3. Even if In re Gabryelsky applied beyond the con text of adjustment of status, petitioner still would not be eligible for "simultaneous" relief from removal. As peti tioner acknowledges (Pet. 7), the holding of Gabryelsky is that

an alien * * * who

(i) on his drug conviction, is eligible for § 212(c) relief from deportation but ineligible for § 245(a) adjustment of status; yet

(ii) on his weapons conviction, is eligible for § 245(a) adjustment of status but ineligible for § 212(c) relief from deportation,

can simultaneously apply for both forms of relief.

Drax v. Reno, 338 F.3d 98, 111 (2d Cir. 2003). By anal ogy, petitioner would have to show that, on his 1996 con viction for transportation of methamphetamine, he is eligible for Section 212(c) relief but ineligible for cancel lation of removal, and that, on his 1997 conviction for using and being under the influence of methamphet amine, he is eligible for cancellation of removal but ineli gible for Section 212(c) relief. Petitioner could not make that showing. As the court of appeals correctly held (Pet. App. 3a-4a), even if petitioner is eligible for Section 212(c) relief with respect to his 1996 conviction, he is not eligible for Section 212(c) relief or cancellation of re moval with respect to his 1997 conviction.

As to Section 212(c) relief: Petitioner pleaded guilty to using and being under the influence of methamphet amine in March 1997, after AEDPA's effective date (April 24, 1996), see Pub. L. No. 104-132, 110 Stat. 1214. Under Section 212(c) as amended by AEDPA, an alien convicted of a controlled-substance offense is ineligible for discretionary relief from removal, Pub. L. No. 104- 132, § 440(d), 110 Stat. 1277, and using and being under the influence of methamphetamine is a controlled-sub stance offense for those purposes, see 8 U.S.C. 1227(a)(2)(B)(i) (excluding from category of offense "re lating to a controlled substance" only "a single offense involving possession for one's own use of 30 grams or less of marijuana").

As to cancellation of removal: An alien is ineligible for cancellation of removal if he has been "convicted of any aggravated felony." 8 U.S.C. 1229b(a)(3). Because petitioner was convicted of transportation of metham phetamine in 1996, and because the definition of "aggra vated felony" includes "illicit trafficking in a controlled substance," 8 U.S.C. 1101(a)(43)(B), petitioner has been convicted of an aggravated felony. Indeed, he does not contend otherwise. See, e.g., Pet. App. 4a (decision be low) (noting that petitioner "does not dispute" that he was convicted of an aggravated felony in 1996).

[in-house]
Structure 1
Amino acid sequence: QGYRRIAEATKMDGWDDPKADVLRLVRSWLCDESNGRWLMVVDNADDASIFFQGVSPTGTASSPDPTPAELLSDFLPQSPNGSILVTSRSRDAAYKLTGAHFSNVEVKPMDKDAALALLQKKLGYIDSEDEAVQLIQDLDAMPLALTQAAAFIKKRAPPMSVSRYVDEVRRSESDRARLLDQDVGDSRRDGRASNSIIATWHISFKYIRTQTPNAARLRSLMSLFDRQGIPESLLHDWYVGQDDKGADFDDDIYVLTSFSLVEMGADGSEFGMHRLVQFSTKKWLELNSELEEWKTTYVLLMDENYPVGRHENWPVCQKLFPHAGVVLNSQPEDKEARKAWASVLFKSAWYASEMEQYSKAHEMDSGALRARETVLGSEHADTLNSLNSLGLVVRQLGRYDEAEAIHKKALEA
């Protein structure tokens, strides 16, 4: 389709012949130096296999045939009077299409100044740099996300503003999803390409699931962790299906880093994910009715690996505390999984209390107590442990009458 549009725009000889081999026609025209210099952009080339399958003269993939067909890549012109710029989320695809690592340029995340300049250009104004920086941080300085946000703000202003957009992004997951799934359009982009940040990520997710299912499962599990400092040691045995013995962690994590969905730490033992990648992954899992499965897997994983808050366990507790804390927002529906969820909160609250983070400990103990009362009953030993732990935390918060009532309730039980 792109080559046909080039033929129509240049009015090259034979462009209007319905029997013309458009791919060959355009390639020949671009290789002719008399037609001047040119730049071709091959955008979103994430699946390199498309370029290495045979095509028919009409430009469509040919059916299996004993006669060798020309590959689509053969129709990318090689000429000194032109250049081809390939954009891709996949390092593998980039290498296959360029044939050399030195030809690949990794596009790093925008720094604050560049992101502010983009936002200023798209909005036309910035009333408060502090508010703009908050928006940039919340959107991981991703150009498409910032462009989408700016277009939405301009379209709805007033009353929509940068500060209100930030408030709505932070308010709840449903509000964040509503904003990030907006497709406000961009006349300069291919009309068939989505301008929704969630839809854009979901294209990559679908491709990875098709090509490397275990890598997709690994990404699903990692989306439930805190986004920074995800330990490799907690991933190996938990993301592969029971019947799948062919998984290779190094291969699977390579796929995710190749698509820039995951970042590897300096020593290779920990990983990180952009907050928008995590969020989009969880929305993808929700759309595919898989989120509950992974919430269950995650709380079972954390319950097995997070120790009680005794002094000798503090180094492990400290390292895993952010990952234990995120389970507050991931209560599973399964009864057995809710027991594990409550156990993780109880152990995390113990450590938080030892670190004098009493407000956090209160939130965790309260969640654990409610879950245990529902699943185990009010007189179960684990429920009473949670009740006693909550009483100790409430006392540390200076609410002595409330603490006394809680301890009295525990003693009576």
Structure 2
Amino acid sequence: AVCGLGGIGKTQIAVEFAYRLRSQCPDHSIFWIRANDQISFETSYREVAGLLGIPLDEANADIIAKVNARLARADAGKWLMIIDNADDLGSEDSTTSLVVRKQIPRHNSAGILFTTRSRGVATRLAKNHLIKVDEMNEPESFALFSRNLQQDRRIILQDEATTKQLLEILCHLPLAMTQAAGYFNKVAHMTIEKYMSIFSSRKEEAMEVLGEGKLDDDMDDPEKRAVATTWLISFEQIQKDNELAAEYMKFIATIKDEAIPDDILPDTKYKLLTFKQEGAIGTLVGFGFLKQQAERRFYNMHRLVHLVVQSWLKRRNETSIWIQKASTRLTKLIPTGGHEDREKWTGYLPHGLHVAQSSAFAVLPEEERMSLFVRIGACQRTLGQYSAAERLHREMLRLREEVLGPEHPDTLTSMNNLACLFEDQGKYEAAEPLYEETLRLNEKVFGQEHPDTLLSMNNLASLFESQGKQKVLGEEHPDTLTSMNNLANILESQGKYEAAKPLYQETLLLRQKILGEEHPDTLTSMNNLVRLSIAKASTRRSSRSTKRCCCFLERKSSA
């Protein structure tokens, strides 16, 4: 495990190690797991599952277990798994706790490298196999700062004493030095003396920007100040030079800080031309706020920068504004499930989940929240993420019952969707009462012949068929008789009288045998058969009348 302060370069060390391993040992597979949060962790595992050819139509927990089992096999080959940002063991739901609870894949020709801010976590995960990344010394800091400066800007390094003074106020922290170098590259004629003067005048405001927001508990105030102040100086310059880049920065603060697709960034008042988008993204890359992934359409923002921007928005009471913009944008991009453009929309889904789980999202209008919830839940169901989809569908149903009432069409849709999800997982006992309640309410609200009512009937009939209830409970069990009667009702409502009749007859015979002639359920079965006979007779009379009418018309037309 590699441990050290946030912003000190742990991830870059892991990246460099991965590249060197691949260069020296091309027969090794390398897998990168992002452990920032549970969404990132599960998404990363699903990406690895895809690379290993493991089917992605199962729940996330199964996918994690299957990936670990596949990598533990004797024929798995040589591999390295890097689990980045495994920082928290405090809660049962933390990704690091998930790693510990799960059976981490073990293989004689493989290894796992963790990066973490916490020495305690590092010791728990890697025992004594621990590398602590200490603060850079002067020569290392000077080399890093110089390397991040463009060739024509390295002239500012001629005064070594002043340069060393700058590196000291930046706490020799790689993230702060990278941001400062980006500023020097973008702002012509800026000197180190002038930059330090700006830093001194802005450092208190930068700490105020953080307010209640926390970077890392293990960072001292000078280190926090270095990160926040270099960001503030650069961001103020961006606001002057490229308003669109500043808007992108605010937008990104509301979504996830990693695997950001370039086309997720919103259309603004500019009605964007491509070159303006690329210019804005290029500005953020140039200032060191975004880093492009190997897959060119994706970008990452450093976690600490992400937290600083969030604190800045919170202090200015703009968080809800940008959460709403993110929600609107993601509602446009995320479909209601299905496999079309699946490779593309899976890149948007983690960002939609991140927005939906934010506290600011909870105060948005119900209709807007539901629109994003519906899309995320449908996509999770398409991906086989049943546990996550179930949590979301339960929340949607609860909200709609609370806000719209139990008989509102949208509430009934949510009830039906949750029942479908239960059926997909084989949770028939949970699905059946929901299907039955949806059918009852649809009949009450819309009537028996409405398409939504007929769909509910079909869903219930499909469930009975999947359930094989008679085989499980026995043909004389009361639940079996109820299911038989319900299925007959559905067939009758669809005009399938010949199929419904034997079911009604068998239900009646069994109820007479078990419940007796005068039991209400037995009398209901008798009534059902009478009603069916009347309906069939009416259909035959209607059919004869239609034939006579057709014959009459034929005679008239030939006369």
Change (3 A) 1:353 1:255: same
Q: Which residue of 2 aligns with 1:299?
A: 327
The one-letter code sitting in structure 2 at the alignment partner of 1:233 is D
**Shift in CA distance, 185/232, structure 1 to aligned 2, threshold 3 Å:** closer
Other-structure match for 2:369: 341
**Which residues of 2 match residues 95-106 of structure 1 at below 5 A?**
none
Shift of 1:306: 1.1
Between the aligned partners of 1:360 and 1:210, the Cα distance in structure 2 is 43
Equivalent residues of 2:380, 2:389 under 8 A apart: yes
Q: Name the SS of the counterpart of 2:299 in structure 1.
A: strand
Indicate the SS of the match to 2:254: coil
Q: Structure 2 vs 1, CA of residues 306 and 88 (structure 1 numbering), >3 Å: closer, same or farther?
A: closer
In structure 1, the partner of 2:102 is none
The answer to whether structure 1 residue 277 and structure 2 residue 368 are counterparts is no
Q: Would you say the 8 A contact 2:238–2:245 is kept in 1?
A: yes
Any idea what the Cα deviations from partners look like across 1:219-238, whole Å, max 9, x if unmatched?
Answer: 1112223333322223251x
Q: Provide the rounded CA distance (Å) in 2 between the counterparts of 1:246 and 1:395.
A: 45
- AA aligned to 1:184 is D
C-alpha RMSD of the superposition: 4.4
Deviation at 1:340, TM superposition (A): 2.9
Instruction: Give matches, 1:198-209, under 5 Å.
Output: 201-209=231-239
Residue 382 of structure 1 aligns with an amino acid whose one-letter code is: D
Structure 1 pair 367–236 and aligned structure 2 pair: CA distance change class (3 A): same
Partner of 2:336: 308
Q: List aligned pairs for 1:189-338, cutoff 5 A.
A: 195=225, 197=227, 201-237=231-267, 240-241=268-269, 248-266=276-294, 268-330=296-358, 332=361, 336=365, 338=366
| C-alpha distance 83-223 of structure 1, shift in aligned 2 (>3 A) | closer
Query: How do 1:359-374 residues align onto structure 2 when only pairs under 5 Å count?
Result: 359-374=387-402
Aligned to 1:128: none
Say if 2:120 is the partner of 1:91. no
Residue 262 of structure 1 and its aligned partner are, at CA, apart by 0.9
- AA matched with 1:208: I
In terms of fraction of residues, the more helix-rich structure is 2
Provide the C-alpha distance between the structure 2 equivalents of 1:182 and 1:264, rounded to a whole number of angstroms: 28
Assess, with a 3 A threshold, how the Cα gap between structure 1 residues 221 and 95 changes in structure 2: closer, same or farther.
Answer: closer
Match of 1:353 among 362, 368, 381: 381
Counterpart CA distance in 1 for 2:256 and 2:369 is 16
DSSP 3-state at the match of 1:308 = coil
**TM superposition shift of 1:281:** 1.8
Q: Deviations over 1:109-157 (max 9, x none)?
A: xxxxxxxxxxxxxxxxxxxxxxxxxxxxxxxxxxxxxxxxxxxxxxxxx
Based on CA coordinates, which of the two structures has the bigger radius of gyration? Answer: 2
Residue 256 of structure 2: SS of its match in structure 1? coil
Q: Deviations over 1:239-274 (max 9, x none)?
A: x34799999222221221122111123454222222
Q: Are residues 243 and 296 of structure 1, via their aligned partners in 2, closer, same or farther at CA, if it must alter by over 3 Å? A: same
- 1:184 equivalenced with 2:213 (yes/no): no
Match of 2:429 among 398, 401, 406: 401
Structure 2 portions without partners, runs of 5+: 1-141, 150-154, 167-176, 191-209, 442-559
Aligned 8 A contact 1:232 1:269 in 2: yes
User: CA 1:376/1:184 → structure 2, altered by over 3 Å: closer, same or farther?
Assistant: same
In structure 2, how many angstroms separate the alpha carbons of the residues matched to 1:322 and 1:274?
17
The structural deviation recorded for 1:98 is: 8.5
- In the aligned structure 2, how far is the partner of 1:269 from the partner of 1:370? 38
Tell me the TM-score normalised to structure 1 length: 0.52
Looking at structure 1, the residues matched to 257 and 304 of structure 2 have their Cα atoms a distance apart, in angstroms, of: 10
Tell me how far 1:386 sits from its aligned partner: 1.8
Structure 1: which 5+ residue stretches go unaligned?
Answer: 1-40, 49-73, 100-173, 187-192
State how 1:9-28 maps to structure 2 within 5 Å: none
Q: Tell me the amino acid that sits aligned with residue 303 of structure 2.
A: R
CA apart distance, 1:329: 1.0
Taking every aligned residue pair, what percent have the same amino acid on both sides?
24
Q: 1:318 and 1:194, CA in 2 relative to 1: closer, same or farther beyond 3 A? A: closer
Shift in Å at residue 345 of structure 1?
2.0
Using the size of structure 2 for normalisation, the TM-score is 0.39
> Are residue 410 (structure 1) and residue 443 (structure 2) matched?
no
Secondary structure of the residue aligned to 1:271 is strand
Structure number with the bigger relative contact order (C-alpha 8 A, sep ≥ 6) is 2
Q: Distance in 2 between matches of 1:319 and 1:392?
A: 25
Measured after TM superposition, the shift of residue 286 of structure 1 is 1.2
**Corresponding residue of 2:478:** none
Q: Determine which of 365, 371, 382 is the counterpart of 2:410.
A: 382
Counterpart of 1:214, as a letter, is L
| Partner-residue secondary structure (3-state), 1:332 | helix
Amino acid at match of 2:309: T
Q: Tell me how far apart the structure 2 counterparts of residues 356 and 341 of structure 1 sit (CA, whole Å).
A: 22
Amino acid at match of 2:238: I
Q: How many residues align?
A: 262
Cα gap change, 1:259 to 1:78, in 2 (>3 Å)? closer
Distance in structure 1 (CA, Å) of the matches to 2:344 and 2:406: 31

The 1996 conviction would be a bar to cancellation of removal even if one assumed that petitioner would be granted Section 212(c) relief with respect to that convic tion. As the BIA has explained, "a grant of section 212(c) relief 'waives' the finding of excludability or deportability [but not] the basis of the excludability it self," such that "the crimes alleged to be grounds for excludability or deportability do not disappear from the aliens' record for immigration purposes." In re Bal deras, 20 I. & N. Dec. 389, 391 (1991). The Ninth Circuit has reached the same conclusion. See Molina-Amezcua v. INS, 6 F.3d 646, 647 (1993) (per curiam) ("A waiver of deportation gives the alien a chance to stay in the United States despite his misdeed, but it does not ex punge the conviction. The blemish remains on his re cord, to be considered if and when the alien again gives the Attorney General cause to examine his depor tability.").

4. No court of appeals has held that In re Gab ryelsky applies to a case of this type. And the only court of appeals to address the question has held that it does not. In Rodriguez-Munoz v. Gonzales, 419 F.3d 245 (2005), the Third Circuit rejected the contention that an alien convicted of sale of drugs in 1992 and possession of drugs in 2000 "would be entitled to relief if permitted to simultaneously apply for a waiver of removal under § 212(c) and for cancellation of removal under § 240A." Id. at 247. The court found Gabryelsky inapposite, be cause, among other things, the BIA's holding in that case was based on "a regulation permitting combined § 245(a) and § 212(c) applications." Id. at 248. The court also found that the alien would not be entitled to "simultaneous" relief even if Gabryelsky applied outside the context of adjustment of status. The court reasoned that, even if the alien were eligible for Section 212(c) relief with respect to his 1992 conviction, he would be ineligible for cancellation of removal with respect to his 2000 conviction, because the 1992 conviction was for an aggravated felony, thereby disqualifying him from seek ing cancellation of removal with respect to the 2000 con viction. Ibid.

Petitioner suggests (Pet. 14-15) that the Second Cir cuit and Seventh Circuit have extended the holding of Gabryelsky to the situation at issue here. But the deci sions on which he relies, Drax, 338 F.3d at 111-119, and Snajder v. INS, 29 F.3d 1203, 1208 (7th Cir. 1994), ap plied Gabryelsky to "simultaneous" applications for Sec tion 212(c) relief and adjustment of status, the circum stances that were present in Gabryelsky itself. Those circumstances are not present here.

CONCLUSION

The petition for a writ of certiorari should be denied.

Respectfully submitted.

PAUL D. CLEMENT
Solicitor General

PETER D. KEISLER
Assistant Attorney General

DONALD E. KEENER
FRANCIS W. FRASER
Attorneys

NOVEMBER 2006

1 The INS's immigration-enforcement functions have since been transferred to United States Immigration and Customs Enforcement in the Department of Homeland Security. See 6 U.S.C. 251 (Supp. IV 2004).

Type: 
Petition Stage Response
Updated October 21, 2014